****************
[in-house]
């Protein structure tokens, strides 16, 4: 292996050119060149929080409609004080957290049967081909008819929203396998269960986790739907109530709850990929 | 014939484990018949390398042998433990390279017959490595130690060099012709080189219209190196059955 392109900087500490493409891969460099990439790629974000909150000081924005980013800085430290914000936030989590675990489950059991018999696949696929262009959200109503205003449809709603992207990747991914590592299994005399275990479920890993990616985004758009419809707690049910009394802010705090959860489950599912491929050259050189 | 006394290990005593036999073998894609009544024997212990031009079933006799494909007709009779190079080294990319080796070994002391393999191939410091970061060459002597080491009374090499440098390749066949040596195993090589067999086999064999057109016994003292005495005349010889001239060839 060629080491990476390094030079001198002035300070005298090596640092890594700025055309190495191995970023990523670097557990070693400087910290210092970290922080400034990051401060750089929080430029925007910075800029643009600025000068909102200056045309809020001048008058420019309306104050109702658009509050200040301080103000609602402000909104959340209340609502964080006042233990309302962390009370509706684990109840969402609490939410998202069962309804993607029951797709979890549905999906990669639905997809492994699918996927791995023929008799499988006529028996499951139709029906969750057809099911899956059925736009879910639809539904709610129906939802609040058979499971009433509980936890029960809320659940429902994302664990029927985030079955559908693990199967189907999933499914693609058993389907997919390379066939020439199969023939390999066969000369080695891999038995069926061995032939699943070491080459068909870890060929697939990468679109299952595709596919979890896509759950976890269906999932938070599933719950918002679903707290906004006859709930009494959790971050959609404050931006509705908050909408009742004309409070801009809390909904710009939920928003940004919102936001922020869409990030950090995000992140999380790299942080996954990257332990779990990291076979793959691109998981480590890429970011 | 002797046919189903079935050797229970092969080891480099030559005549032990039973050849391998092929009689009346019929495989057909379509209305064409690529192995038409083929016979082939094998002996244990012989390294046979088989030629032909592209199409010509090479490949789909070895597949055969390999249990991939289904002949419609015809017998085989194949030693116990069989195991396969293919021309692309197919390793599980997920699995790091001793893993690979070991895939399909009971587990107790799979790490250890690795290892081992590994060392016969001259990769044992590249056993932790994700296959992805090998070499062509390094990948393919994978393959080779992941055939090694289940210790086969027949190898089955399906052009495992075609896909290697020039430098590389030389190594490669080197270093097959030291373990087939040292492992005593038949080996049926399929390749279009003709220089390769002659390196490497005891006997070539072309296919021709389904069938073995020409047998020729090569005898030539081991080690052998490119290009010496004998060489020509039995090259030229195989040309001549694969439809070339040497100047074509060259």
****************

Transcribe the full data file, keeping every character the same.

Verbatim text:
[in-house]
């Protein structure tokens, strides 16, 4: 292996050119060149929080409609004080957290049967081909008819929203396998269960986790739907109530709850990929 | 014939484990018949390398042998433990390279017959490595130690060099012709080189219209190196059955 392109900087500490493409891969460099990439790629974000909150000081924005980013800085430290914000936030989590675990489950059991018999696949696929262009959200109503205003449809709603992207990747991914590592299994005399275990479920890993990616985004758009419809707690049910009394802010705090959860489950599912491929050259050189 | 006394290990005593036999073998894609009544024997212990031009079933006799494909007709009779190079080294990319080796070994002391393999191939410091970061060459002597080491009374090499440098390749066949040596195993090589067999086999064999057109016994003292005495005349010889001239060839 060629080491990476390094030079001198002035300070005298090596640092890594700025055309190495191995970023990523670097557990070693400087910290210092970290922080400034990051401060750089929080430029925007910075800029643009600025000068909102200056045309809020001048008058420019309306104050109702658009509050200040301080103000609602402000909104959340209340609502964080006042233990309302962390009370509706684990109840969402609490939410998202069962309804993607029951797709979890549905999906990669639905997809492994699918996927791995023929008799499988006529028996499951139709029906969750057809099911899956059925736009879910639809539904709610129906939802609040058979499971009433509980936890029960809320659940429902994302664990029927985030079955559908693990199967189907999933499914693609058993389907997919390379066939020439199969023939390999066969000369080695891999038995069926061995032939699943070491080459068909870890060929697939990468679109299952595709596919979890896509759950976890269906999932938070599933719950918002679903707290906004006859709930009494959790971050959609404050931006509705908050909408009742004309409070801009809390909904710009939920928003940004919102936001922020869409990030950090995000992140999380790299942080996954990257332990779990990291076979793959691109998981480590890429970011 | 002797046919189903079935050797229970092969080891480099030559005549032990039973050849391998092929009689009346019929495989057909379509209305064409690529192995038409083929016979082939094998002996244990012989390294046979088989030629032909592209199409010509090479490949789909070895597949055969390999249990991939289904002949419609015809017998085989194949030693116990069989195991396969293919021309692309197919390793599980997920699995790091001793893993690979070991895939399909009971587990107790799979790490250890690795290892081992590994060392016969001259990769044992590249056993932790994700296959992805090998070499062509390094990948393919994978393959080779992941055939090694289940210790086969027949190898089955399906052009495992075609896909290697020039430098590389030389190594490669080197270093097959030291373990087939040292492992005593038949080996049926399929390749279009003709220089390769002659390196490497005891006997070539072309296919021709389904069938073995020409047998020729090569005898030539081991080690052998490119290009010496004998060489020509039995090259030229195989040309001549694969439809070339040497100047074509060259």